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This blog post was originally published in January 2017, it has been updated with new information and republished after my dog was diagnosed with EPI in December 2019.

My dog was diagnosed with Exocrine Pancreatic Insufficiency (EPI) after losing a lot of weight. This post shares more about EPI in dogs, what I feed my dog, and the supplements that are saving his life.

This week, my dog was diagnosed with EPI (Exocrine Pancreatic Insufficiency).  Shit.  Literally.

I learned about EPI a couple of years ago and as I read more about the condition and experiences shared by pet parents, I began to think that I finally figured out the source of Rodrigo’s digestive issues.  I brought this up to the veterinarian we had at the time and was told that Rodrigo didn’t have EPI.  This was based on his normal blood work, not a special test.  However, I didn’t know any better and I believed my vet.

Looking back, my vet may have been correct.  Most cases of EPI develop before a dog reaches his/her fourth birthday. And 70% of the cases of EPI are seen in German Shepherds and 20% are seen in Rough-Coated Collies. However, other dogs can develop the condition and older dogs can develop EPI or pancreatitis.

Exocrine Pancreatic Insufficiency (EPI) in Dogs

If a dog's pancreas isn't able to produce enough digestive enzymes to break down proteins, fats, and carbohydrates, the dog may develop EPI, which…

  • impacts a dog's GI system,
  • disrupts the absorption of nutrients,
  • may lead to weight loss and chronic diarrhea,
  • and will eventually lead to starvation.

Symptoms of EPI in Dogs

  • Continued weight loss despite always being hungry
  • Pooping more often than the other dogs; poop is larger, yellow or gray in color, and soft
  • Dog eats his own poop (coprophagia)
  • Increased gas and tummy noises
  • Occasional diarrhea and vomiting
  • Increased anxiety, fearful behavior
On the left is the normal stomach. pancreas, and intestine in a dog or cat belly. On the right is the same organs in a dog or cat who has exocrine pancreatic insufficiency. Notice the atrophied pancreas.
On the left is the normal stomach. pancreas, and intestine in a dog or cat belly. On the right is the same organs in a dog or cat who has exocrine pancreatic insufficiency. Notice the atrophied pancreas.

My Dog has Exocrine Pancreatic Insufficiency (EPI)

The more I read about EPI, the more convinced I was that this was the explanation for Rodrigo's history of digestive issues. Although the diagnosis sucks, it's nice to have a clear direction to follow.

In November 2019, after a few months of steady weight loss, I took Rodrigo in to make sure nothing serious was going on. The results of his blood work showed that something was up with his panreas. It wasn't a clear sign that we were dealing with pancreatitis, but the results along with what I was witnessing (weight loss, constantly hungry, loose stool and diarrhea) lead to him being tested for EPI.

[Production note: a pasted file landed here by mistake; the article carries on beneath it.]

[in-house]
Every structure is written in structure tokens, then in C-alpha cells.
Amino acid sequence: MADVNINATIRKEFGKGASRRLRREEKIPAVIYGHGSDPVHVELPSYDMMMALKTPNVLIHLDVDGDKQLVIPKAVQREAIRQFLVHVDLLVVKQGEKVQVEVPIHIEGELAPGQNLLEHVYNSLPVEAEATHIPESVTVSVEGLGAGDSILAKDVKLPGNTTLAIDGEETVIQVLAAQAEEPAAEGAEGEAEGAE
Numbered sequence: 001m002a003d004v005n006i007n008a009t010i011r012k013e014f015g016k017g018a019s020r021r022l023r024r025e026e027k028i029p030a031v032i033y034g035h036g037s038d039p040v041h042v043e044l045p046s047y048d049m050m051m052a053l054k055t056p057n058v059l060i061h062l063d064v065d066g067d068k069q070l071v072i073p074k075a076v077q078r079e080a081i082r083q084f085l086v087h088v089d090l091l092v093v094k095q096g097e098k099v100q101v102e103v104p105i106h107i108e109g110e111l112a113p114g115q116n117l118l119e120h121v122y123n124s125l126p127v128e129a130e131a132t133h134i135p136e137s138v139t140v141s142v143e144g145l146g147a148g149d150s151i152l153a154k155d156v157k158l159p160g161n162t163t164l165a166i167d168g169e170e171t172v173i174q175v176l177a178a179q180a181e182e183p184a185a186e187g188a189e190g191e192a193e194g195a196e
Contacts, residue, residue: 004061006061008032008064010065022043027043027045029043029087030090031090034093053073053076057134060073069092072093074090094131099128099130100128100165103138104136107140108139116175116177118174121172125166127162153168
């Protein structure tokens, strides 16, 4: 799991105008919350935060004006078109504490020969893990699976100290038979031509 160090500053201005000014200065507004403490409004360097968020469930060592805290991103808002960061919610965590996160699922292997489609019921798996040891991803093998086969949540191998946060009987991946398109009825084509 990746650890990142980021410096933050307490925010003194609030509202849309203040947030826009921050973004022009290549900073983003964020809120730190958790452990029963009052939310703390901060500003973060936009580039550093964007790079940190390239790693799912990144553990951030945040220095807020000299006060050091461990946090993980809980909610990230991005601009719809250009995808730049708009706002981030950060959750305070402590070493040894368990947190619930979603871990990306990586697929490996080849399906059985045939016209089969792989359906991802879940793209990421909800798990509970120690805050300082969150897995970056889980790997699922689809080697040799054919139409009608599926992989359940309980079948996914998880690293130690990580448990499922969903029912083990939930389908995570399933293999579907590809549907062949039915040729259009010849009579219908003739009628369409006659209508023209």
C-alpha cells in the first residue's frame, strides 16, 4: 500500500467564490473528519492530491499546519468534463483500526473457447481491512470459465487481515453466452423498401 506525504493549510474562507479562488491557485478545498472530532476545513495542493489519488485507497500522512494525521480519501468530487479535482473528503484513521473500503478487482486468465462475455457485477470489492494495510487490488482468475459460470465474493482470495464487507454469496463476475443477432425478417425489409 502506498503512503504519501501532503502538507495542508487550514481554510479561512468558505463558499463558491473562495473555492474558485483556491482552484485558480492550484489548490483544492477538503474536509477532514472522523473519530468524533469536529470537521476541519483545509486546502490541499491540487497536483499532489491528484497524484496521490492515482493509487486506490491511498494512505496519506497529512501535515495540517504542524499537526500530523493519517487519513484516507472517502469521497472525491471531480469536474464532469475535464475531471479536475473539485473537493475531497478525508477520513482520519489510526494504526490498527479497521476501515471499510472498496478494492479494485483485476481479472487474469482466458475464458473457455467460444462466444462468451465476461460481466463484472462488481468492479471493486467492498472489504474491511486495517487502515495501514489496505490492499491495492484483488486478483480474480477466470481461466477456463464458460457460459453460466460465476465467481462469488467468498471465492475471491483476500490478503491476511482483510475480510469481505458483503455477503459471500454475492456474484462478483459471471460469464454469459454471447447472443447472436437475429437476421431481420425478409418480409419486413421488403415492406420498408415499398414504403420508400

The Trypsin-Like Immunoreactivity is a blood test, which is preferred to fecal tests because the later have proven to be inaccurate. According to my veterinarian, “a dog or cat with EPI will have almost no serum trypsin-like immunoreactivity in the bloodstream. The patient must be fasted for the test to be accurate, but only a single blood sample is needed to make the diagnosis. The feline version of this test often requires that the sample be sent to a university laboratory and generally a week or so is needed to get results but the canine test can be run in just a few days.”

A couple of years ago, Rodrigo's veterinarian said that he didn't have EPI; however, today, at nearly 10 years old, he's been diagnosed with EPI. What changed?

Our veterinarian explained that the most common cause of digestive enzyme deficiency in dogs is pancreatic acinar atrophy where the pancreas becomes shriveled and useless (see image above). While we usually see the signs of EPI before a dog reached four years of age, the onset of EPI can happen if a dog is subjected to chronic pancreatitis that has destroyed over 90% of the functioning acinar glands. This was hinted at in his complete blood panel results; the EPI test confirmed his condition.

Another cause of EPI in dogs is cancer of the pancreas, however, this is rare and it isn't the case with my dog.

Did My Dog Have Low-Grade Pancreatitis?

So, did Rodrigo have pancreatitis all this time? Thank Heavens I didn't start adding satin balls to his diet.

Pancreatitis develops when a dog's pancreas is inflamed and isn't working correctly.  It's seen in overweight dogs, older dogs, and dogs fed a high-fat diet.  I only saw a couple of the symptoms listed below in Rodrigo, and I thought it was just his digestive issues acting up. Maybe all this time, he was going through periods of pancreatitis.

Symptoms of pancreatitis, according to PetMD, include:

  • Fever
  • Vomiting
  • Diarrhea
  • Loss of appetite (anorexia)
  • Weight loss (more common in cats)
  • Dehydration
  • Fatigue and sluggishness
  • Mild to severe abdominal pain (may become more severe after eating)
  • Depression
  • Increased heart rate
  • Difficulty breathing

The only symptoms Rodrigo exhibited were occasional diarrhea and weight loss. The diarrhea was attributed to his digestive issues, which he's had his entire life. And the weight loss can be contributed to a slight decrease in meal size and an increase in exercise.

So what do I do now?

Best Diet for Dogs with EPI

Of course, I'm biased, so I'm going to say a diet of raw is best for dogs with EPI. Once we received this diagnosis, I was relieved that I was already feeding fresh food and wondered how much of my dog's current diet contributing to him going so long without developing full-blown EPI.

The reason I believe that a diet of raw is best is that it's easier to digest and the nutrients are readily available for absorption. But raw isn't the cure to EPI. Since my dog's pancreas isn't providing the necessary enzymes, I need to add them to Rodrigo's diet in the form of food (pancreas) or supplements.